The challenges of mastering software come from the continuous advancements that inevitably await all digital tools. Whether it be Adobe, Microsoft, or even free software, they all get updated. Some changes are small. Patches with a download that could finish in minutes or seconds. On the other hand, there exist updates that completely restructure a service. A new interface added features, and the relocation of various assets are all commonplace. Users often don’t want to relearn a software they’ve spent years using. They could resort to downgrading, however that risks a lack of developer support for any worst-case scenarios. 

 When referring to WordPress, their software is one that must constantly update. The landscape of something like web design must continue to advance. Websites that looked good years ago will look outdated today. There’s also a vast library of themes and plugins to cater to. Given these variables, the WordPress team have an endless task of keeping up.  

 WordPress recently had a large substantial update that restructures the interface completely. Known as the “blocks editor”, this new system effectively replaced what is now known as the “classic editor” across all WordPress websites. This update will change the backend (and some front ends) of every website made in WordPress. The block system was introduced to simplify and streamline the development of web pages for all web page users.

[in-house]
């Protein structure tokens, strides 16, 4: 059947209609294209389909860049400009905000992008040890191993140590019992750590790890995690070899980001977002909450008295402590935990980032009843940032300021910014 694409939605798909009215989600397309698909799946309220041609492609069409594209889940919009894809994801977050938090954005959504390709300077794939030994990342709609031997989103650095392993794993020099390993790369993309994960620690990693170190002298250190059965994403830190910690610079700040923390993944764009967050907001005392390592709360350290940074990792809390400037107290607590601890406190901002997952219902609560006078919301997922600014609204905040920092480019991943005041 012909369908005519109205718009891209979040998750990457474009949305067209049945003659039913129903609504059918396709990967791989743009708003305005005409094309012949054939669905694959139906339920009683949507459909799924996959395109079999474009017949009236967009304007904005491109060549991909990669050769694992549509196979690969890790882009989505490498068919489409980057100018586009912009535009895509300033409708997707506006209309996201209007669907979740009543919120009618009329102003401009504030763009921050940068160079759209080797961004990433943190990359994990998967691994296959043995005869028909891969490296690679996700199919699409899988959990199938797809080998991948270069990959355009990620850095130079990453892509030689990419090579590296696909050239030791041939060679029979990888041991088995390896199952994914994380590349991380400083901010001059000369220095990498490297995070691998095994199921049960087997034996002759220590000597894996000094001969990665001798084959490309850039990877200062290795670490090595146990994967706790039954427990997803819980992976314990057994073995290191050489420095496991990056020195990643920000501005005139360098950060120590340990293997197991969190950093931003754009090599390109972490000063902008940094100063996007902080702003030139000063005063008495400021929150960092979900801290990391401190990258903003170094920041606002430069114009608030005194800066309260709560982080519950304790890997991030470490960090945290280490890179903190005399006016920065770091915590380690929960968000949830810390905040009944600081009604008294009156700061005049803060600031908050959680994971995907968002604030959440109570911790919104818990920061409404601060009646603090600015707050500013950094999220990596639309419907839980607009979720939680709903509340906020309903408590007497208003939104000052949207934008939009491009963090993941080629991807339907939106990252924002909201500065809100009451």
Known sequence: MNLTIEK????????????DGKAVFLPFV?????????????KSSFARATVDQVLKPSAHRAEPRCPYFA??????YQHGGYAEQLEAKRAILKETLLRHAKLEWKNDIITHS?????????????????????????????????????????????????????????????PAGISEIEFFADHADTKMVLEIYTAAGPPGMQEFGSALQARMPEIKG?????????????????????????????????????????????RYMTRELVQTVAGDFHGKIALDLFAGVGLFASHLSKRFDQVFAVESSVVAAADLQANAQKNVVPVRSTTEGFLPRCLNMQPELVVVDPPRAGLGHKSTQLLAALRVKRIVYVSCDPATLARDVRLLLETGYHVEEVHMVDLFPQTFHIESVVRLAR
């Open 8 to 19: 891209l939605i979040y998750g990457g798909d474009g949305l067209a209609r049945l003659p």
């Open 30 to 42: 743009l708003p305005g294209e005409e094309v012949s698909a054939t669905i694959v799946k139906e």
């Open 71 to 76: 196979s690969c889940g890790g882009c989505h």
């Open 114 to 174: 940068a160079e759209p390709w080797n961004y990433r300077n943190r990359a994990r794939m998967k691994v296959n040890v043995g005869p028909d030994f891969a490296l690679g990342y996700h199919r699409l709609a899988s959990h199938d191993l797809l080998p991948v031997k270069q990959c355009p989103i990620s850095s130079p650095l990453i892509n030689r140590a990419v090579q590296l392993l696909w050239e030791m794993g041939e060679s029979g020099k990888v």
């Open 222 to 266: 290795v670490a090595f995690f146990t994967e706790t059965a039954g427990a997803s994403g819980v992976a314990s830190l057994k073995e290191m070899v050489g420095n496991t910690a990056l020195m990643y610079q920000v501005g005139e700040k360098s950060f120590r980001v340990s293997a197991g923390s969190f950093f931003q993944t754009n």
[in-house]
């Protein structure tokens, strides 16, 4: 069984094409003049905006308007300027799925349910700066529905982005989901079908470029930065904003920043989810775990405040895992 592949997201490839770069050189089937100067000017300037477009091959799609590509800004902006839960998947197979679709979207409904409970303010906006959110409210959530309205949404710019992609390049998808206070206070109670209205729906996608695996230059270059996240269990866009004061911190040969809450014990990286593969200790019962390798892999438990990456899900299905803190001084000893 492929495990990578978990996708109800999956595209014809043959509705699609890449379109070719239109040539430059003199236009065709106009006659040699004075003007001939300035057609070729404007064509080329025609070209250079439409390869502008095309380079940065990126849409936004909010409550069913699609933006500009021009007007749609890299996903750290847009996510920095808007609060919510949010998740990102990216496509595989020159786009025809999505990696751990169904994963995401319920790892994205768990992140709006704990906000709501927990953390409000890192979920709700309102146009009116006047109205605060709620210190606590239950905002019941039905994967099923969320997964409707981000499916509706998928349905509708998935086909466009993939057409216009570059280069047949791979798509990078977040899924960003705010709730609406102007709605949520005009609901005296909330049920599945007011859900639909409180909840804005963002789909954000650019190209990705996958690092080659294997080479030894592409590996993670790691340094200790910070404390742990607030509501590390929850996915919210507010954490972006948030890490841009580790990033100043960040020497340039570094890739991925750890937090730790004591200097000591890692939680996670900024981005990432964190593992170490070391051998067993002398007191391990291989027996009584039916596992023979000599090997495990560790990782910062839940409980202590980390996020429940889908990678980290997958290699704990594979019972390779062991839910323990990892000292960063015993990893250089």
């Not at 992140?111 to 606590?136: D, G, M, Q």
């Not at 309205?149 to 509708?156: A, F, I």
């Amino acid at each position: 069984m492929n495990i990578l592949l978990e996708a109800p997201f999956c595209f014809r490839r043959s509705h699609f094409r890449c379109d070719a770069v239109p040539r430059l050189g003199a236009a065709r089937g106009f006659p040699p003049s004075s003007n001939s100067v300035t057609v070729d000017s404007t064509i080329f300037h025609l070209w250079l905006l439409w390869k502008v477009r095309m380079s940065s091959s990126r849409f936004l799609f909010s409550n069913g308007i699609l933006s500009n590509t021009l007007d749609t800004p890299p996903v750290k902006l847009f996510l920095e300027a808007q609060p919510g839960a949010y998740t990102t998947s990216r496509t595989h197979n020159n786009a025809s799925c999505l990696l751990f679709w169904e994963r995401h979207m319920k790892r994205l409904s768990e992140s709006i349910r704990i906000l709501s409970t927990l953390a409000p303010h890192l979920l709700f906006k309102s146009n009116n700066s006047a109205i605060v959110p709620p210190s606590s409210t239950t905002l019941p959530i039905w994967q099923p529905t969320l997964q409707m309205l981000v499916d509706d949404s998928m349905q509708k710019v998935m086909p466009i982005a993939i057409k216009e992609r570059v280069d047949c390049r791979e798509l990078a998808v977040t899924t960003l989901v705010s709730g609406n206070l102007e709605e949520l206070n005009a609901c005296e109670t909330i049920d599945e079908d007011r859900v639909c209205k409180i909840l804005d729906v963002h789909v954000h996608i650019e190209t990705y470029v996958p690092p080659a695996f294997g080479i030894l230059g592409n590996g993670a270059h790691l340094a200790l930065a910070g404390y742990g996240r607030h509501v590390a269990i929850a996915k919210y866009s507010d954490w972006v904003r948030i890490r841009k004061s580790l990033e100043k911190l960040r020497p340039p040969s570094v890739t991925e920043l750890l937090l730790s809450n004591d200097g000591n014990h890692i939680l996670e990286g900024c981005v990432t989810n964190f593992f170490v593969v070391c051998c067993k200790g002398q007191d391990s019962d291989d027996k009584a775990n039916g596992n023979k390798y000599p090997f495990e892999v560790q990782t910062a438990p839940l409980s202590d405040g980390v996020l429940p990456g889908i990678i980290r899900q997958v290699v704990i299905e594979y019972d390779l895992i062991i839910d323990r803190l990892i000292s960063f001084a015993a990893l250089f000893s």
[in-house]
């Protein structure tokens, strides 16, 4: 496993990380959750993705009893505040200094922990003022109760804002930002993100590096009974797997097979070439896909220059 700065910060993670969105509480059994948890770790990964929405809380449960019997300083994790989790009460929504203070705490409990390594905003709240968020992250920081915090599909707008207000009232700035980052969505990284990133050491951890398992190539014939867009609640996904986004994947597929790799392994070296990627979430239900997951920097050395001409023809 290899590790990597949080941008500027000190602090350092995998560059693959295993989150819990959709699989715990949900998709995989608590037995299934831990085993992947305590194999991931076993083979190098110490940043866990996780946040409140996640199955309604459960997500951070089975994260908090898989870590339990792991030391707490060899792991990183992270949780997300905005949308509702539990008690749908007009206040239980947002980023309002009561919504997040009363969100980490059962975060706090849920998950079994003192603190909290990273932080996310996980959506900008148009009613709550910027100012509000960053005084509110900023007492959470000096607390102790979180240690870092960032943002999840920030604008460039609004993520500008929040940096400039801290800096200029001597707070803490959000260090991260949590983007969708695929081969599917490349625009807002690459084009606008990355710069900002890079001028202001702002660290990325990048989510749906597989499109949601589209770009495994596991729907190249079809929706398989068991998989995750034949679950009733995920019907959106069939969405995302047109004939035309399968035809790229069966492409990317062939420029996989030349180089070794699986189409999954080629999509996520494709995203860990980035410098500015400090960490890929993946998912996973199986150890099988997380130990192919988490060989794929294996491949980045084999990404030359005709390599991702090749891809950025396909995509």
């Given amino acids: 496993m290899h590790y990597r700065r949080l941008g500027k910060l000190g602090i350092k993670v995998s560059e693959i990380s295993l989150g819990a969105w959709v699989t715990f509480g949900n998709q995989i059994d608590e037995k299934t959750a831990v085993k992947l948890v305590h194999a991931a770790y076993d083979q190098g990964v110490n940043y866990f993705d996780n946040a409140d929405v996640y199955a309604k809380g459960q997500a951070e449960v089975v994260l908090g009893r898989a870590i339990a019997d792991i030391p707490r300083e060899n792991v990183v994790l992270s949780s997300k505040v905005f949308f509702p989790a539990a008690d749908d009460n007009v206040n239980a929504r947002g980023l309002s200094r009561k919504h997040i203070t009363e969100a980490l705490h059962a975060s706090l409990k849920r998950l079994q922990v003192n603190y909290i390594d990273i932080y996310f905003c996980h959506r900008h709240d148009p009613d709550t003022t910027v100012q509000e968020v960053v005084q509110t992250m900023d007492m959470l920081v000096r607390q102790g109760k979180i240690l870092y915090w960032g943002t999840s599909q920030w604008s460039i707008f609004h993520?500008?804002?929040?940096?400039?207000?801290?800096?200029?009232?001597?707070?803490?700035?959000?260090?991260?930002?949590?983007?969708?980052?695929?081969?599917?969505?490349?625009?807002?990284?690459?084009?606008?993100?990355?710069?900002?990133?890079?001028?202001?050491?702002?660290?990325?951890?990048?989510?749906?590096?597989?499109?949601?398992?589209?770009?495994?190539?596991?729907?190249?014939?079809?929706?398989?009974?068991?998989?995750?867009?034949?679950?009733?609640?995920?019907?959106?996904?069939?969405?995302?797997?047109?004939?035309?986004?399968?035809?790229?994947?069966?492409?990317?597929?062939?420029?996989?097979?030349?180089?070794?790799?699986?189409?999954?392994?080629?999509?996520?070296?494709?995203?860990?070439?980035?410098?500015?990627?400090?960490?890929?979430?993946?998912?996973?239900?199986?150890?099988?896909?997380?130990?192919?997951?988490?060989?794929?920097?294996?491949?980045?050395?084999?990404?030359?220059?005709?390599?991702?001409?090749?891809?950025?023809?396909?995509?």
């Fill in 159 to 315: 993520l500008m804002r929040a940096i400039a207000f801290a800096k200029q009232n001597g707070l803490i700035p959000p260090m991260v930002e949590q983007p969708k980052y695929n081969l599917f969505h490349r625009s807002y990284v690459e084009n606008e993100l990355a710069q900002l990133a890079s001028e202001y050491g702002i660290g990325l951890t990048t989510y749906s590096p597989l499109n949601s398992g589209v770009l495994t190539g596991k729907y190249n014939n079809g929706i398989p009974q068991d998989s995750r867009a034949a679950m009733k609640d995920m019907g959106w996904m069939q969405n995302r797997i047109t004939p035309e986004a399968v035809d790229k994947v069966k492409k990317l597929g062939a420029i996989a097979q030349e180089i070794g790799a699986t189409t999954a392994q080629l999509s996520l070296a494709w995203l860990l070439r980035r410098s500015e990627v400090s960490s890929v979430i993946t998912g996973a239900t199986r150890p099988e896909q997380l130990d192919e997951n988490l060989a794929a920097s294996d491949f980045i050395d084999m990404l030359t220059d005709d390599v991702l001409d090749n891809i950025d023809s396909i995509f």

Many web developers find the new system to be tedious. The system is simple; however, the potential breaking of webpages is a major inconvenience.  

 Luckily, there are 2 factors that save millions of WordPress users from the block system. The first is that WordPress offers “classic mode” as a free plugin. Unsurprisingly it’s one of the top downloaded plugins of WP’s plugin directory. While it seems like the be all end all solution, the plugin will only be active until 2022. After that, blocks will become standard and all WP sites that use the native builder will need to adapt. The other factor is that if you use an external builder like beaver builder, the update shouldn’t change much if anything.  

 Updates like these will never cease in something as fickle as web design. Continuous advancement is part of what keeps work fresh. Clients will always want a modern tune-up to their product. WordPress developers will always be working hard to keep their software as resourceful as possible, even if it at times means trying something new. 

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